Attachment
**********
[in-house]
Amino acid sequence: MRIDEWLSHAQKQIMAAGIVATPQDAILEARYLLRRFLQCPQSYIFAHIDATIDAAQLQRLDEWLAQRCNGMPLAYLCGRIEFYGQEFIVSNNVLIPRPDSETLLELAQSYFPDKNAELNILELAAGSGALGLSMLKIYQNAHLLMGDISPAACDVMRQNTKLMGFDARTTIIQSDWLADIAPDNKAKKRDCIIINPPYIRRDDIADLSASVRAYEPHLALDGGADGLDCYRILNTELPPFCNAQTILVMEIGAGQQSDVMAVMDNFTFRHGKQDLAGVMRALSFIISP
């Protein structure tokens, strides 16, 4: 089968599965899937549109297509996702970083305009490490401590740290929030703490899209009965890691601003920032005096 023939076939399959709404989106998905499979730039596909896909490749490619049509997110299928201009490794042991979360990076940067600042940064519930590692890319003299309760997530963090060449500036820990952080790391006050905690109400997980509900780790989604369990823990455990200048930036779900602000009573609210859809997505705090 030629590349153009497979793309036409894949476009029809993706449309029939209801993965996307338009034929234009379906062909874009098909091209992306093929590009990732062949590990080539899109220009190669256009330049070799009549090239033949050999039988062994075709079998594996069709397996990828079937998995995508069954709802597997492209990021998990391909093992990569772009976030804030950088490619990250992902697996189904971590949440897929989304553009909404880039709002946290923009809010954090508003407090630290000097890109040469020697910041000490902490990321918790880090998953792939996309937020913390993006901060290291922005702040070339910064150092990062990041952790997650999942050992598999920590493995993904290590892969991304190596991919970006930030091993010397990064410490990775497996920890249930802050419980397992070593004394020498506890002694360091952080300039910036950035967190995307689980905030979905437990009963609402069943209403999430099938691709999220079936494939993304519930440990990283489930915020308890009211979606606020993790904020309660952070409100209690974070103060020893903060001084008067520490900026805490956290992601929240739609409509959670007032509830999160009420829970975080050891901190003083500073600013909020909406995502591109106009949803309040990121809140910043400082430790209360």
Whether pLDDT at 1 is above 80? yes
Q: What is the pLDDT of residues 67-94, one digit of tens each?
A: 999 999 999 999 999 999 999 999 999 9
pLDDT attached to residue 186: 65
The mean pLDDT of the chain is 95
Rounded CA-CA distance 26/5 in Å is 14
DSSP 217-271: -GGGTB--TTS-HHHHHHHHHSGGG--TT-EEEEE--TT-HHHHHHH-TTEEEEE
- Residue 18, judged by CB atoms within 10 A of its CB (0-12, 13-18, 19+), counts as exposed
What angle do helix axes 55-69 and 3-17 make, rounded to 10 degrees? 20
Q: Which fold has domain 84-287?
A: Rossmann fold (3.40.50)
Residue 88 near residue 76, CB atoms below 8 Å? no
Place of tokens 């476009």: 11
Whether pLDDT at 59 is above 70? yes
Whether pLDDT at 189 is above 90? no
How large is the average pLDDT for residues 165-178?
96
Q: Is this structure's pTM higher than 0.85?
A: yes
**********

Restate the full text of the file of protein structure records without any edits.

[in-house]
Amino acid sequence: MRIDEWLSHAQKQIMAAGIVATPQDAILEARYLLRRFLQCPQSYIFAHIDATIDAAQLQRLDEWLAQRCNGMPLAYLCGRIEFYGQEFIVSNNVLIPRPDSETLLELAQSYFPDKNAELNILELAAGSGALGLSMLKIYQNAHLLMGDISPAACDVMRQNTKLMGFDARTTIIQSDWLADIAPDNKAKKRDCIIINPPYIRRDDIADLSASVRAYEPHLALDGGADGLDCYRILNTELPPFCNAQTILVMEIGAGQQSDVMAVMDNFTFRHGKQDLAGVMRALSFIISP
């Protein structure tokens, strides 16, 4: 089968599965899937549109297509996702970083305009490490401590740290929030703490899209009965890691601003920032005096 023939076939399959709404989106998905499979730039596909896909490749490619049509997110299928201009490794042991979360990076940067600042940064519930590692890319003299309760997530963090060449500036820990952080790391006050905690109400997980509900780790989604369990823990455990200048930036779900602000009573609210859809997505705090 030629590349153009497979793309036409894949476009029809993706449309029939209801993965996307338009034929234009379906062909874009098909091209992306093929590009990732062949590990080539899109220009190669256009330049070799009549090239033949050999039988062994075709079998594996069709397996990828079937998995995508069954709802597997492209990021998990391909093992990569772009976030804030950088490619990250992902697996189904971590949440897929989304553009909404880039709002946290923009809010954090508003407090630290000097890109040469020697910041000490902490990321918790880090998953792939996309937020913390993006901060290291922005702040070339910064150092990062990041952790997650999942050992598999920590493995993904290590892969991304190596991919970006930030091993010397990064410490990775497996920890249930802050419980397992070593004394020498506890002694360091952080300039910036950035967190995307689980905030979905437990009963609402069943209403999430099938691709999220079936494939993304519930440990990283489930915020308890009211979606606020993790904020309660952070409100209690974070103060020893903060001084008067520490900026805490956290992601929240739609409509959670007032509830999160009420829970975080050891901190003083500073600013909020909406995502591109106009949803309040990121809140910043400082430790209360």
Whether pLDDT at 1 is above 80? yes
Q: What is the pLDDT of residues 67-94, one digit of tens each?
A: 999 999 999 999 999 999 999 999 999 9
pLDDT attached to residue 186: 65
The mean pLDDT of the chain is 95
Rounded CA-CA distance 26/5 in Å is 14
DSSP 217-271: -GGGTB--TTS-HHHHHHHHHSGGG--TT-EEEEE--TT-HHHHHHH-TTEEEEE
- Residue 18, judged by CB atoms within 10 A of its CB (0-12, 13-18, 19+), counts as exposed
What angle do helix axes 55-69 and 3-17 make, rounded to 10 degrees? 20
Q: Which fold has domain 84-287?
A: Rossmann fold (3.40.50)
Residue 88 near residue 76, CB atoms below 8 Å? no
Place of tokens 């476009």: 11
Whether pLDDT at 59 is above 70? yes
Whether pLDDT at 189 is above 90? no
How large is the average pLDDT for residues 165-178?
96
Q: Is this structure's pTM higher than 0.85?
A: yes